Medical Assisted Death : An Act Respecting End Of Life Care

1514 Words7 Pages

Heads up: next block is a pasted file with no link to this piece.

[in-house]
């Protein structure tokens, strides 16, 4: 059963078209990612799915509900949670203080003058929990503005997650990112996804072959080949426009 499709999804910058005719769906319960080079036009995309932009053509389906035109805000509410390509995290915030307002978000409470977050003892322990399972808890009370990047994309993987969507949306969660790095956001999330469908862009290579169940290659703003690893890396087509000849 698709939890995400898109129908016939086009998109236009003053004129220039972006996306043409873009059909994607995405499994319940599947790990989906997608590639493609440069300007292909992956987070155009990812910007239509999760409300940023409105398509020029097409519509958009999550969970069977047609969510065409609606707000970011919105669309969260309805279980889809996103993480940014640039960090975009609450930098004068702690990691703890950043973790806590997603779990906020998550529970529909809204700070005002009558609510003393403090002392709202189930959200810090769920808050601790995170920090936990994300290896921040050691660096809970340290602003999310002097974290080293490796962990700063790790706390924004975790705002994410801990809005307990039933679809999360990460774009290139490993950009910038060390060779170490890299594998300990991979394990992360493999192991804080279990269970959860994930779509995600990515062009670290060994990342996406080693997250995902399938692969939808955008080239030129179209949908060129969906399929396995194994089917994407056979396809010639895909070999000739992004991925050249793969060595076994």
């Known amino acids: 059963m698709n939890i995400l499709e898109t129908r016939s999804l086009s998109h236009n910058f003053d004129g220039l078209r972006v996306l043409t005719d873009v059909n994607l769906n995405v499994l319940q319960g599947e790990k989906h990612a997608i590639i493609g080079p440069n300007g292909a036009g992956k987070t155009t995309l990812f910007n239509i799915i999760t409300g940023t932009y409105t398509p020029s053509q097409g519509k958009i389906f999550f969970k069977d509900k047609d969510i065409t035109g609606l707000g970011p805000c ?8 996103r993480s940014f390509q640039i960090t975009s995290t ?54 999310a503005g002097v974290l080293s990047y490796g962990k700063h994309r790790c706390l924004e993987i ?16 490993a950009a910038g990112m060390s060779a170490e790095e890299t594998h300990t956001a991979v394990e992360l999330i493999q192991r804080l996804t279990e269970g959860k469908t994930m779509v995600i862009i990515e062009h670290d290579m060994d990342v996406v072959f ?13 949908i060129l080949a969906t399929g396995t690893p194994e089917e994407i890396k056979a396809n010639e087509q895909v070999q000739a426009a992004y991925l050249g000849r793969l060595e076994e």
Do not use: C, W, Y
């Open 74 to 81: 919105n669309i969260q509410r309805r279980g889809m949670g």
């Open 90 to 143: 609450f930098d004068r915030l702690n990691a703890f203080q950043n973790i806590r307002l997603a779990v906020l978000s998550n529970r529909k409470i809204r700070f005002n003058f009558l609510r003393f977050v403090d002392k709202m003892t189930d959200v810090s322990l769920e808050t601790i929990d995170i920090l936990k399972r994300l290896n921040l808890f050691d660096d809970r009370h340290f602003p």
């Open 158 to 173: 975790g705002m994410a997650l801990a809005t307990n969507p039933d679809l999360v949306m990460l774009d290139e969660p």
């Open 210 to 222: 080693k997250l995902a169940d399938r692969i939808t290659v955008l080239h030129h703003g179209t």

For many years, medical assisted death has been disagreed upon with the Canadian Quebec legislation, Bill 52, An Act respecting end-of-life care. Terminal ill patients have been fighting rights with their incurable conditions which caused them unbearable suffering. In many situations, death is always unacceptable since life was given for a reason. We all must pass away one day, although for some individuals, death can be measured by time due to tragic news that they have been informed about. In means of measuring time, we would all like to know when and how our death would be given. “Living is not good, but living is well. The wise man, therefore, lives as well as he should, not as long as he can...He will always think of life in terms of quality not quantity…Dying early or late is of no relevance, dying well or ill is…life is not to be bought at any cost. – The Stoic philosopher Seneca (4 B.C.- 69 A.D).” (Shneidman, 2001, p. 5). Sue Rodriguez, who was an advocate for medical assisted death, fought for legal rights in 1993. She was diagnosed with Amyotrophic lateral sclerosis (ALS) in 1991. In a video to the Parliament, she poured her heart out. “If I cannot give consent to my own death, whose body is this? Who owns my life?” (CBC Radio-Canada, 1993). She lost the battle against Supreme Court Canada to legalize assisted death under the Criminal Code of Canada. In 1994, Rodriguez was given a “constitutional exemption” which allowed assisted death under many conditions. In
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